In that 1941 season 26 players hit .300. Fast forward 20 years to 1961, The Tigers’ Norm Cash led the hit parade with a .361 average as 18 players hit over .300. Twenty years later in 1981 it was Bill Madlock leading the way with a .341 average for the Pirates as 31 players hit over .300. In 2001, the Wild West Era of baseball, 46 players hit over .300 with the Rockies Larry Walker leading the way at .350.

Here we are now with those Lucky 13 players over .300.

Interestingly enough I spent an hour poring over the Future Games rosters and cross-checking with BaseballReference.com, regarding the upcoming game in Colorado. The American League roster had only four players hitting .300. The National League roster was worse with only three players.

And these are Future Stars, or so we are told.

They should rename the Futures Game the “First Round Draft Picks Game” because it is overloaded with first round picks or big international signings that teams need to highlight to show their owners that they really are making progress.

You simply can’t have your No. 1 pick from two or three years ago not playing in the Futures Game if you want to impress ownership, even if that player is hitting under .200.

Josh Winder will play in the 2021 Futures Game as a seventh round draft pick.

This game is more of an advertisement for the future than the actual future. I did find a seventh round pick in the game and I am rooting for him His name is Josh Winder, a right-handed pitcher in the Twins organization who came out of VMI, is 3-0 with a 1.98 ERA with 65 Ks and only 10 walks over 54.2 innings at AA Wichita. He clearly made the game on merit. Others didn’t. But they are highly regarded so they get the nod even with an ERA over 4.00 or 5.00 or 6.00.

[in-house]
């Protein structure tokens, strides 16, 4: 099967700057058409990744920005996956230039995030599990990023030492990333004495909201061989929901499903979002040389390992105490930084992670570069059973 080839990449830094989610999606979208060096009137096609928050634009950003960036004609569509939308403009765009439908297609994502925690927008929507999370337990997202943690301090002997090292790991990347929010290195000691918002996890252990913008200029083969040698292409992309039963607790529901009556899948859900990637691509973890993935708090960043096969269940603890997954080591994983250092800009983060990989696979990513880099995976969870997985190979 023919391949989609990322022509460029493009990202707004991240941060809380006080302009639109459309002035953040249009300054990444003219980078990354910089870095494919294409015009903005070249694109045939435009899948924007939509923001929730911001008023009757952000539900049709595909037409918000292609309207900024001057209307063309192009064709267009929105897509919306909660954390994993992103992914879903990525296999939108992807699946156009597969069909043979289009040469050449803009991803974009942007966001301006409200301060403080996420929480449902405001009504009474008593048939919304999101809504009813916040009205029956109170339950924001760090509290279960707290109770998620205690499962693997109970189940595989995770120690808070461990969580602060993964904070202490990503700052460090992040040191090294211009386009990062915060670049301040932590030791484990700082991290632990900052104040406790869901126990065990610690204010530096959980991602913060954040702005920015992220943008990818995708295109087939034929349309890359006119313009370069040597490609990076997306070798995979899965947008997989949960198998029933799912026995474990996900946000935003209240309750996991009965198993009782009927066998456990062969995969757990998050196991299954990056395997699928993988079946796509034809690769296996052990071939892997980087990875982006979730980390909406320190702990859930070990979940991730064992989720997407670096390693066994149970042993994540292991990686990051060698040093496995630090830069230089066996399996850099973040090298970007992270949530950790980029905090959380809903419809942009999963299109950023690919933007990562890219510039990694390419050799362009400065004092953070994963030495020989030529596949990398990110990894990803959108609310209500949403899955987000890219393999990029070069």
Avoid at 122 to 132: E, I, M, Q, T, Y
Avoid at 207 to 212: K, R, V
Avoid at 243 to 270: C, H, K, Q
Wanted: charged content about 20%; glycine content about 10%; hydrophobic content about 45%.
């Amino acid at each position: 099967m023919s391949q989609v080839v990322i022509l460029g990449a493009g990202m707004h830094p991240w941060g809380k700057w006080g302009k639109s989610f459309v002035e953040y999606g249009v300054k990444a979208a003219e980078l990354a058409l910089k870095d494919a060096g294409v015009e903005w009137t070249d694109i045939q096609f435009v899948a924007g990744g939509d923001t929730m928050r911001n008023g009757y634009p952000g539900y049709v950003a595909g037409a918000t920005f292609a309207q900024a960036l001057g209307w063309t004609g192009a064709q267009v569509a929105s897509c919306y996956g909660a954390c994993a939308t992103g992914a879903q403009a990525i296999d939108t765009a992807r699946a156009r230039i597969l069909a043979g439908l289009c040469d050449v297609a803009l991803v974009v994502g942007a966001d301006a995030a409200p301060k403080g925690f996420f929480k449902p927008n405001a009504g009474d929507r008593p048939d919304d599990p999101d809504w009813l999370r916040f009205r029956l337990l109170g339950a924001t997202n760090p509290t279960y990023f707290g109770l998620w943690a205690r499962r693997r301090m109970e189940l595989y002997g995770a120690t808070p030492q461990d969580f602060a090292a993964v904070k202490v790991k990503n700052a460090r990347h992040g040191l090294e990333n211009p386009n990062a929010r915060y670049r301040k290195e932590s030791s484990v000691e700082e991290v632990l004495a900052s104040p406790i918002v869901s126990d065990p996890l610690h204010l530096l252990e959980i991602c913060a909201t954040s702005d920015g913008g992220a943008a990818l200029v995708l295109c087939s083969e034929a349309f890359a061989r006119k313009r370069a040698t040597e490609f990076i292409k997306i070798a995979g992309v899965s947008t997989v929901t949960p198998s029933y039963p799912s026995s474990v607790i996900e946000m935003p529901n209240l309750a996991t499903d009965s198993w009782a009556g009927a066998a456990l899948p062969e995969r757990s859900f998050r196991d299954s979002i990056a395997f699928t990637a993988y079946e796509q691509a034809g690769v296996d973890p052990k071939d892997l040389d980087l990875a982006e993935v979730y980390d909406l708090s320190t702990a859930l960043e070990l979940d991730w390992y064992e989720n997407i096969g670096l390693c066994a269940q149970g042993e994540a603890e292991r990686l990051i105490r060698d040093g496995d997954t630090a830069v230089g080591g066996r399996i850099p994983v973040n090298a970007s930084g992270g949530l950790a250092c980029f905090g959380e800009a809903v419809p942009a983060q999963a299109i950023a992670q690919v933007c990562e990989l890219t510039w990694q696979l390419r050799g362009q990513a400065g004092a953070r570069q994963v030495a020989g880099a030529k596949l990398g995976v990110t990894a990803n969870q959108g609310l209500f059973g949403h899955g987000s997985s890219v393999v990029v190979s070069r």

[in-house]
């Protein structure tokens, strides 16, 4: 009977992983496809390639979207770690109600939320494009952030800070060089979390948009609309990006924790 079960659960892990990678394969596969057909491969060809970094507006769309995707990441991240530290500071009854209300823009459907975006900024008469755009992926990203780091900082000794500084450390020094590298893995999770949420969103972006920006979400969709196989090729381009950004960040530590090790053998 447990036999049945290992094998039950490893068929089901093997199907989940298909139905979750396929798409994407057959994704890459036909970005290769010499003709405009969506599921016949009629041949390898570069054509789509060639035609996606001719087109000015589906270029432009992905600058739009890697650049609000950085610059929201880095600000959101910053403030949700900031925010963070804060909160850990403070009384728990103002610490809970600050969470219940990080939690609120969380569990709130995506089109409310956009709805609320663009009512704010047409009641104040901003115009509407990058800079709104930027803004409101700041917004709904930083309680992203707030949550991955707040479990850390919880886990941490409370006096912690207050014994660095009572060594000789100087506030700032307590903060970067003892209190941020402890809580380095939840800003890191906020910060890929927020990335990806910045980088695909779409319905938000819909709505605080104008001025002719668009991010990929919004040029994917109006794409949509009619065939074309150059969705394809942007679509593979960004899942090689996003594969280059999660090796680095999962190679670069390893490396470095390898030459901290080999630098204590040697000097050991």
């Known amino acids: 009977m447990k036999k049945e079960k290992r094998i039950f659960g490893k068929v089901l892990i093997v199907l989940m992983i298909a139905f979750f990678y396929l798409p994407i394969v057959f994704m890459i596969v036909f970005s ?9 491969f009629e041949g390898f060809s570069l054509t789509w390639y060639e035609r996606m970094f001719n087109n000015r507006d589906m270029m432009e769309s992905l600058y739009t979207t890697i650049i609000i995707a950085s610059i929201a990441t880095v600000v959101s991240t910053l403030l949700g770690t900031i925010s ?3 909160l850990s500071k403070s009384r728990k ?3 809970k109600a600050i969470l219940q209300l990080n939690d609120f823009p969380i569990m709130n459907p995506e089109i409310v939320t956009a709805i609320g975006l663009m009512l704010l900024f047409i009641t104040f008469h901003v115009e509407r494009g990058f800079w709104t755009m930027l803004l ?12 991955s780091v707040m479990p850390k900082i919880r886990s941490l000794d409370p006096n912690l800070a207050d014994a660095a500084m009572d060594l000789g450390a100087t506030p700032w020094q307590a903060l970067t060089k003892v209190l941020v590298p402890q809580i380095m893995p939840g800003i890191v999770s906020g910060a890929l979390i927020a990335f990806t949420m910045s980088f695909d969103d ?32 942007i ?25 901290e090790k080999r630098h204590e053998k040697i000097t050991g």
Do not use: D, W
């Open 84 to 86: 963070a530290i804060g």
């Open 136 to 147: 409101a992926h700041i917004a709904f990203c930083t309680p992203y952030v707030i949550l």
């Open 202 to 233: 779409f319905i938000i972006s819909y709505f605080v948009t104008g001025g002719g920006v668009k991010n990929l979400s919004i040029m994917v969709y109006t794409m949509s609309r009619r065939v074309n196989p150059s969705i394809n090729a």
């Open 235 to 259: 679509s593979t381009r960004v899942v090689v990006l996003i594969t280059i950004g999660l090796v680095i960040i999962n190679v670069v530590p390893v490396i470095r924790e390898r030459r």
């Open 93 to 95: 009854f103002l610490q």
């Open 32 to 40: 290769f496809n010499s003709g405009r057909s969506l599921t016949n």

Take a look at some of the numbers and you have to wonder how these players made the Futures Game. But again, it’s about the future, selling these players as future stars because they were first round draft picks – and certainly there are real future stars like Bobby Witt Jr. of the Royals and catcher Adley Rutschman of the Orioles, the first pick in the 2019 draft. He is the first catcher selected overall No. 1 since the Twins took Joe Mauer No. 1 in 2001.

It’s all coming up in Colorado with the Home Run Derby, the annual celebrity softball game with a lot of the annual celebrities we’ve never heard of and, of course, the All-Star Game itself that this year, for the first time, will feature an All-Star uniform… not your team’s regular uniform.

Just another bad idea put into place by baseball in the hunt for your dollar.

We all love to see our favorite player wearing his team’s uniform in the All-Star Game. It was a source of pride, but that’s out the window now. If baseball and Rob Manfred can ruin the value of batting average, ruining a uniform and pride in your favorite team is a piece of cake.

45+ years, columnist at NY Post for the last 23 years prior to joining BallNine. Elected to the NY Baseball Hall of Fame. Former SportsTalk Host (KFMB), ESPN’s First Take and Cold Pizza contributor. Frequent guest on radio shows and podcasts nationwide. Author of seven books. Seen in episode 10 of ESPN’s “The Last Dance” (the one with Dennis Rodman). First baseball interview he conducted was with Thurman Munson. Now you know why he is America’s Most Beloved Sportswriter.